South Asia and Beyond

A Guide To Contemporary China

 A Guide To Contemporary China

China Establishes ‘Demonstration Zones’ For IPR Protection

China wants its entrepreneurs to play a bigger role in promoting scientific and technological innovation and one of the best ways to secure that is through better securing intellectual property rights (IPR). The government will establish demonstration zones for IPR protection by 2025, according to a recent government notice. Twenty cities and regions will be developed into IPR protection highlands by 2025. The demonstration zones will focus on strengthening the overall deployment of IPR protection, improving the legislation around IPR protection, and strengthening the whole chain protection of IPR.

Source: Xinhua

 

Robots Help Conduct Surgeries

A Shanghai-based robotics enterprise has developed a four-arm laparoscopic surgical robot that helps doctors carry out complex surgeries in narrow spaces. Four-arm laparoscopic surgical robots, deemed among the most advanced, are technologically complex systems ranked first among high-end medical devices prioritized in the country’s five-year industrial scheme. The technology was approved for commercial application by China’s drug regulator in January. Doctors say the implications are huge. More precise and less invasive robotic surgery could result in less blood loss and better rehabilitation. In prostate cancer surgeries, a robot-assisted operation could result in only one-tenth of blood loss compared with conventional methods.

Source: Sixth Tone

 

E-Sports University Degree

The University of China, located in Nanjing, has become the country’s first school to set up an esports-dedicated course. The four-year course is intended to dispel reluctance on the part of parents who fear their children might experience video game addiction — a globally recognized illness by the World Health Organization. But professional e-sport gamers say there is a difference between themselves and amateurs. “Amateur gamers game out of affection. They don’t need to go through a standardized training process whereas professional players are usually dead serious about every game and strive to give it their all,” says Qunkai Wang a professional gamer. Wang believes e-sport courses, “lay a solid foundation for core competitiveness in the esports job market.”

Source: Radii China

 

Neo-Chinese Fashion

Chinese fashion is seeing a new trend amongst Gen Z called “neo-Chinese fashion.” This style combines modern Western wear and traditional Chinese elements. This has inspired Chinese designers to use more traditional ornaments such as the buttons and loops of the Chinese frog button and wrap fronts when designing daily wear. A Chinese-embroidery jacket matched with a pair of jeans and trainers is also becoming popular. The trend is not confined to clothes. A McKinsey report says changes in consumer attitudes are driving the growth of local brands. Baidu search data shows that from 2009 to 2019, consumers’ attention toward Chinese brands increased from 38 percent to 70 percent, with millennials becoming the main buyers of domestic products.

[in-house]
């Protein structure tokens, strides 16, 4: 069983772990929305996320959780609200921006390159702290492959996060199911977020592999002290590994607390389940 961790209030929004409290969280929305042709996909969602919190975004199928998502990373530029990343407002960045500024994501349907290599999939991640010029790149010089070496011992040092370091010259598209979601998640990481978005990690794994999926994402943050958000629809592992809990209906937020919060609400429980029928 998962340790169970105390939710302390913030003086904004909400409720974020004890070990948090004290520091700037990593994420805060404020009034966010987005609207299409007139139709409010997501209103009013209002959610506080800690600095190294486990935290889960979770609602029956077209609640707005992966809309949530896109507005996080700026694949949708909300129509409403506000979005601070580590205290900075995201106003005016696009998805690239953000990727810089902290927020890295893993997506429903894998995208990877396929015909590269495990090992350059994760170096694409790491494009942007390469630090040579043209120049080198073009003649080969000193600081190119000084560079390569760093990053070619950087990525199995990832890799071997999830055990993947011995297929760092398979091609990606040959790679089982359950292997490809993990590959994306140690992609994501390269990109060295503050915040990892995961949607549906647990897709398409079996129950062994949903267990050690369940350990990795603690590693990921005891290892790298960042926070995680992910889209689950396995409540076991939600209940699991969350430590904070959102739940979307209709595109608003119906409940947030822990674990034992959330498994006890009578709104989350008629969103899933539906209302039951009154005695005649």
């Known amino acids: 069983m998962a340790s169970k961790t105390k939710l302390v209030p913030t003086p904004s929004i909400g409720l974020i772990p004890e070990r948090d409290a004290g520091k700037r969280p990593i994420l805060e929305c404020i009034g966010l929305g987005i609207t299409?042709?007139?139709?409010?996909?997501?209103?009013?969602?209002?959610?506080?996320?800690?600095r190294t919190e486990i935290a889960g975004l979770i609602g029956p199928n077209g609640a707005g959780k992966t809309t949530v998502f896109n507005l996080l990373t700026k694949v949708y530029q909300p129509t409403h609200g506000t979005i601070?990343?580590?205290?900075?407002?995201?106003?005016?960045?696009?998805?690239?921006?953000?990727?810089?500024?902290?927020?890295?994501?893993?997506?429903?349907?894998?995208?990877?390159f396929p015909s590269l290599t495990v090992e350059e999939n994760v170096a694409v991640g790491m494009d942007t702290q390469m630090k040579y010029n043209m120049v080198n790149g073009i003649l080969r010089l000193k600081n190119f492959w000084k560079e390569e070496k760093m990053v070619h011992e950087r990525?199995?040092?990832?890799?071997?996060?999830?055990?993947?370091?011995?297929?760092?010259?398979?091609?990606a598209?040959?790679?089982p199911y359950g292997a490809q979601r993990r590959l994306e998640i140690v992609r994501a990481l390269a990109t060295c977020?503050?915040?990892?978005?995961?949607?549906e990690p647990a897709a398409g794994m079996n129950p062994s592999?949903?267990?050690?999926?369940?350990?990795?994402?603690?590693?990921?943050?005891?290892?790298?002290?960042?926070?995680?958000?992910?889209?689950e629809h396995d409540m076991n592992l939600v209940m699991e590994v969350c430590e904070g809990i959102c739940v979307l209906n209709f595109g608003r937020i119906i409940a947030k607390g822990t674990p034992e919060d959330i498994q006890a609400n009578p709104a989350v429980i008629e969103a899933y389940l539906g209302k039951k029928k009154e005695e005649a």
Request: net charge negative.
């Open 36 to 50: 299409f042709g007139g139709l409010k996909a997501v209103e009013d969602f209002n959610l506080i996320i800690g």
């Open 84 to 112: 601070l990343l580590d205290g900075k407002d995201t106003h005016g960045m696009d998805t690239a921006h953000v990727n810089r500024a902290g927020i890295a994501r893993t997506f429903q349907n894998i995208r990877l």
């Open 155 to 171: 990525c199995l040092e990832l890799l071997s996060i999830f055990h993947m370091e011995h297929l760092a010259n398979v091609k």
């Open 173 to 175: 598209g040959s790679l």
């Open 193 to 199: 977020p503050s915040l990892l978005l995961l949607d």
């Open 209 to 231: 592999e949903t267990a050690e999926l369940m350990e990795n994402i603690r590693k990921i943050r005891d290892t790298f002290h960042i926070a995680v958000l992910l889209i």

Source: Global Times

 

Exploring The ‘Mysterious Places’ Of Museums

A reality show called The City of Museums is entertaining audiences by with what it calls the “mysterious places” of museums. Anchored by Shan Jixiang, former director of the Palace Museum and two other hosts, the trio delves into eight landmark museums in Beijing. This means that they get into areas that have yet to open to the public and tell the lesser-known stories of the exhibits in each museum. For instance, a much-ignored panda museum specimen in the National Zoological Museum of China, was found to have an interesting past and its story was told by veteran zoo-keeper Wang Wanmin who spent many years taking care of it. The producers hope such stories will inspire more Chinese to visit museums

Source: China Daily

 

Tea Brings Prosperity To China’s Highest Village In Jiangsu

Standing at an elevation of 581 meters above sea level, Dazhuyuan is the highest village in east China’s Jiangsu Province. Every household there engages in the planting of tea trees, with over 3,000 kilograms of high-quality tea connecting the village with the outside world and markets across the country, generating several million yuan in income for local tea growers. Local Chinese officials say this is due to a rural revitalisation programme introduced in 2019, when an ecological tea cooperative was built in the village. A tea factory, covering 210 square meters and equipped with various processing machines, was also built. The result is that the collective annual operating income of the village increased to 1.7 million yuan ($246,600) in 2021 from a mere 200,000 yuan in 2018, and with the annual per capita income of the villagers having exceeded 30,000 yuan in the same period.

Source: People’s Daily

Related

Leave a Reply

Your email address will not be published.